Adopt a smart supplement strategy. Some key supplements can help manage the symptoms of PMDD and/or the help address some of the risk factors associated with PMDD:
Omega-3s —These healthy fats have shown promise in treating some types of depression, and some research shows that omega-3s may confer a protective effect against anxiety disorders. While studies that look specifically at omega-3s and PMDD are lacking, research does show that omega-3s may reduce some of the psychiatric symptoms of PMS including depression, nervousness, anxiety, and lack of concentration (it can also reduce some of the physical symptoms of PMS like bloating, headache, and breast tenderness.) Even if omega-3s don’t help PMDD sufferers as much as PMS sufferers, these supplements seem to have a positive overall influence on mood—and they certainly aren’t harmful to take. I recommend them as a good overall support for mood and hormone balance.
Magnesium and vitamin B6. As with omega-3s, research on magnesium and B6 for PMDD is lacking, but these important micronutrients, when taken in combination, can help reduce the severity of PMS. Because women with PMS and PMDD share some similar underlying hormone imbalances, it may help to take magnesium and vitamin B6.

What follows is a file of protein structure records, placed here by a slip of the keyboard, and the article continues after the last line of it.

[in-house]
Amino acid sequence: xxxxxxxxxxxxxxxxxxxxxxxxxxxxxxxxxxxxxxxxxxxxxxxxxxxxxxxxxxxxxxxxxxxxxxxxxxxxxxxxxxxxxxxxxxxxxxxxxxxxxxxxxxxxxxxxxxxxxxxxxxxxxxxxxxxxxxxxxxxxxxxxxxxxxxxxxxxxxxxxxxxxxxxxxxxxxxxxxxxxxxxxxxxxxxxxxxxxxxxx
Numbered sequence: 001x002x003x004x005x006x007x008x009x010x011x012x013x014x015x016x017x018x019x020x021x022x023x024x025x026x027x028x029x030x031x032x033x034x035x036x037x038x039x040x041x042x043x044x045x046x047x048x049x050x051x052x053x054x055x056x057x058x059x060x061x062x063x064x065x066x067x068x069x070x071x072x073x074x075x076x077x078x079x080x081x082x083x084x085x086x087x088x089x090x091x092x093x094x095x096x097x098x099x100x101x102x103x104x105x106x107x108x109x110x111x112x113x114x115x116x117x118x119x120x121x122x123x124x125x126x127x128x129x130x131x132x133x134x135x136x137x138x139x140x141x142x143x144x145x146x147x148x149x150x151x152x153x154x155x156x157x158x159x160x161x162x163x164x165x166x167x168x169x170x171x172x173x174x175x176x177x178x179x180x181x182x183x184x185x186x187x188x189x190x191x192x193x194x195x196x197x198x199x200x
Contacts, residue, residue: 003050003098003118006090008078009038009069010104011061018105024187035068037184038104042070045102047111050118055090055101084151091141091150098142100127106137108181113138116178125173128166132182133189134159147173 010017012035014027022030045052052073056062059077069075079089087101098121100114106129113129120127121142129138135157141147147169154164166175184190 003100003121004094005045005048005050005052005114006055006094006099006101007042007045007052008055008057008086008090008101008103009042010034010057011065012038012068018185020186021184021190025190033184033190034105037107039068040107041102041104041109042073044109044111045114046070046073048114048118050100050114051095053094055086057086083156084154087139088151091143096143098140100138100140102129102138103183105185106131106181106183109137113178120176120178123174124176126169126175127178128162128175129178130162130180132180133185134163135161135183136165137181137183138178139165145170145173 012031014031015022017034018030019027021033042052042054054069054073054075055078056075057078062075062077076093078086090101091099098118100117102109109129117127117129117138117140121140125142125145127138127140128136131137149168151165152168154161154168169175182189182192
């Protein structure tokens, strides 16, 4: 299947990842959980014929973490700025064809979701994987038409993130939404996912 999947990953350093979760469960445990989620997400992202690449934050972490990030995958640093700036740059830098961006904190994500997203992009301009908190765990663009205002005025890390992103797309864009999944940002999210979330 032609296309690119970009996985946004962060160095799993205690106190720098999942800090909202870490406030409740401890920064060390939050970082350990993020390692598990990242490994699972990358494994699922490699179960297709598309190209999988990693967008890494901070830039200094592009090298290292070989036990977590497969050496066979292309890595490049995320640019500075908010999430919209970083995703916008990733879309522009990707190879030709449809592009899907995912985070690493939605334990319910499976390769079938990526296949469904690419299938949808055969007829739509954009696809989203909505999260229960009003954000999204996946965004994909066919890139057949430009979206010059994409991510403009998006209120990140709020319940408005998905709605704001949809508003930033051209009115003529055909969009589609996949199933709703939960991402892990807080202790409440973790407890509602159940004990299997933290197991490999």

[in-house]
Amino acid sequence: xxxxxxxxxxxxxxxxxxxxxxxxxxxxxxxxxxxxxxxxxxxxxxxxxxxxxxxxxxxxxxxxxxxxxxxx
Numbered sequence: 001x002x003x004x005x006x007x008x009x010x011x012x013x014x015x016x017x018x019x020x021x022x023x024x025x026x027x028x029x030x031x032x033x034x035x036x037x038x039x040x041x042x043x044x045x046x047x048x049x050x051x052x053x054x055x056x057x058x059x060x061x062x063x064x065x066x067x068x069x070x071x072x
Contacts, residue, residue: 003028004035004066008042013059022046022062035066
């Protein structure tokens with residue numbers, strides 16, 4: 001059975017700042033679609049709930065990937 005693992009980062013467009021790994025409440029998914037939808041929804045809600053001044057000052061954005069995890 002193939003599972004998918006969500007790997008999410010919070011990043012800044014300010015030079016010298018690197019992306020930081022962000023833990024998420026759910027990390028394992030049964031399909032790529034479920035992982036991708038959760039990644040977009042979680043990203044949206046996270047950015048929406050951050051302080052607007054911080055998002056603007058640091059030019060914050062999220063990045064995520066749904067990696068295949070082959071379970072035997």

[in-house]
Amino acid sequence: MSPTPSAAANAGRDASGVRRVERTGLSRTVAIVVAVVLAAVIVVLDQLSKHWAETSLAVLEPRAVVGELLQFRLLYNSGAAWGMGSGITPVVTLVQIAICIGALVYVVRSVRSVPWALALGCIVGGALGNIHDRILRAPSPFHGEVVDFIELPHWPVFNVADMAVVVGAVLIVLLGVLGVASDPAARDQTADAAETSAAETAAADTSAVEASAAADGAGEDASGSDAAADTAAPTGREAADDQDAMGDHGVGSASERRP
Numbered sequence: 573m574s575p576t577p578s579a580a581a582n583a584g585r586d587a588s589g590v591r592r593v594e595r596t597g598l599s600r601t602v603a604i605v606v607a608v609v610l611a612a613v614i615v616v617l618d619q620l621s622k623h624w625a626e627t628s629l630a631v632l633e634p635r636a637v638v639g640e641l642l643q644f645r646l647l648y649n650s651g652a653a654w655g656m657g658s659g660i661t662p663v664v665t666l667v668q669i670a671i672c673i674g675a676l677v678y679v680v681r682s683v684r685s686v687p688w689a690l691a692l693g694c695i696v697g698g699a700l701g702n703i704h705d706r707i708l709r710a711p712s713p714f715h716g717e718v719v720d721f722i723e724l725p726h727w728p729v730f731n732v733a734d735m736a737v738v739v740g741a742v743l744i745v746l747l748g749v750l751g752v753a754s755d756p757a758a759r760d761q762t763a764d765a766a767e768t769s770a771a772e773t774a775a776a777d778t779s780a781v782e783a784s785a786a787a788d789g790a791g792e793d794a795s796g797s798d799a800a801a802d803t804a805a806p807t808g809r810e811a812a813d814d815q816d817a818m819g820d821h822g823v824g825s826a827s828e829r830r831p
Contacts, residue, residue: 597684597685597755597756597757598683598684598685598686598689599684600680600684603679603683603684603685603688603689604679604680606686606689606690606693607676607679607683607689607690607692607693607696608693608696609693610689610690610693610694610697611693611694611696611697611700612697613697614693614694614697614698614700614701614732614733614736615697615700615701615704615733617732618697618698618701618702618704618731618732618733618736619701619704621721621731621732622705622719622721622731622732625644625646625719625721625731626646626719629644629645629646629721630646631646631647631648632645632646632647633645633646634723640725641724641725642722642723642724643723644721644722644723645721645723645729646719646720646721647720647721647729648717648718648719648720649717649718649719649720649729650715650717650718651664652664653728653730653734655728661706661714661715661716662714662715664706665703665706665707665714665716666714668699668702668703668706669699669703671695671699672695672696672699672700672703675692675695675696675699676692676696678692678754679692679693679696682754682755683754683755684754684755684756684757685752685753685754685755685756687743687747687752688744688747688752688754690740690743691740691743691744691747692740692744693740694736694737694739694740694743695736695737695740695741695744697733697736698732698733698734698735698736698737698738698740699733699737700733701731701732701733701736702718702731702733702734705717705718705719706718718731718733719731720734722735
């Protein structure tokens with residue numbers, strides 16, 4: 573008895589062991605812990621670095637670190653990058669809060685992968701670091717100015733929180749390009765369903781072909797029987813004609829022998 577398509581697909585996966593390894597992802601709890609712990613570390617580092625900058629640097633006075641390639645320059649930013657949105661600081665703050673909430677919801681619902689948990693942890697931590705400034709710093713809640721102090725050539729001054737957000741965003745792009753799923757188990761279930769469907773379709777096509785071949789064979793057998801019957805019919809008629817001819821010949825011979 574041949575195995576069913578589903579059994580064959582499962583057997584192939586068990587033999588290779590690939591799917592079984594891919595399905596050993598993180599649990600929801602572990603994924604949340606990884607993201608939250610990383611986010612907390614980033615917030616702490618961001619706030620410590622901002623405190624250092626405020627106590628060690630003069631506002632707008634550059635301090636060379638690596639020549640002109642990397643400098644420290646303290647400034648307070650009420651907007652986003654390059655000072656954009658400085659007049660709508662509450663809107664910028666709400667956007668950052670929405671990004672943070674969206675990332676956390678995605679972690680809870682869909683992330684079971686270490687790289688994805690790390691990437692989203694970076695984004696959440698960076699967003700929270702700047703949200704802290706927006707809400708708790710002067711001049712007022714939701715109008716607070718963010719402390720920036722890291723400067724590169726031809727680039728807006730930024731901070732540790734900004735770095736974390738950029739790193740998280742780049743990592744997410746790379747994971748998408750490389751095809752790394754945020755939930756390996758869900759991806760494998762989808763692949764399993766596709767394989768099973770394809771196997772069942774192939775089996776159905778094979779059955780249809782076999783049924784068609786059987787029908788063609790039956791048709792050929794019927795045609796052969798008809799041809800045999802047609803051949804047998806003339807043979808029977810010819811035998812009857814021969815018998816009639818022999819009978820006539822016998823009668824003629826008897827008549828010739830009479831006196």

Calcium. Calcium supplements may ease PMDD symptoms, according to research. I recommend 1200 milligrams a day, but always consult a licensed healthcare provider before starting any higher-dose supplement.
Chasteberry. Also known as Vitex, this herbal remedy has been shown to help with the physical symptoms of PMDD, including breast tenderness, bloating, and cramps. Check with a trusted healthcare practitioner before starting.
L-tryptophan. This supplement has shown promise in reducing the symptoms of PMDD. As always, consult a licensed practitioner before starting a new supplement.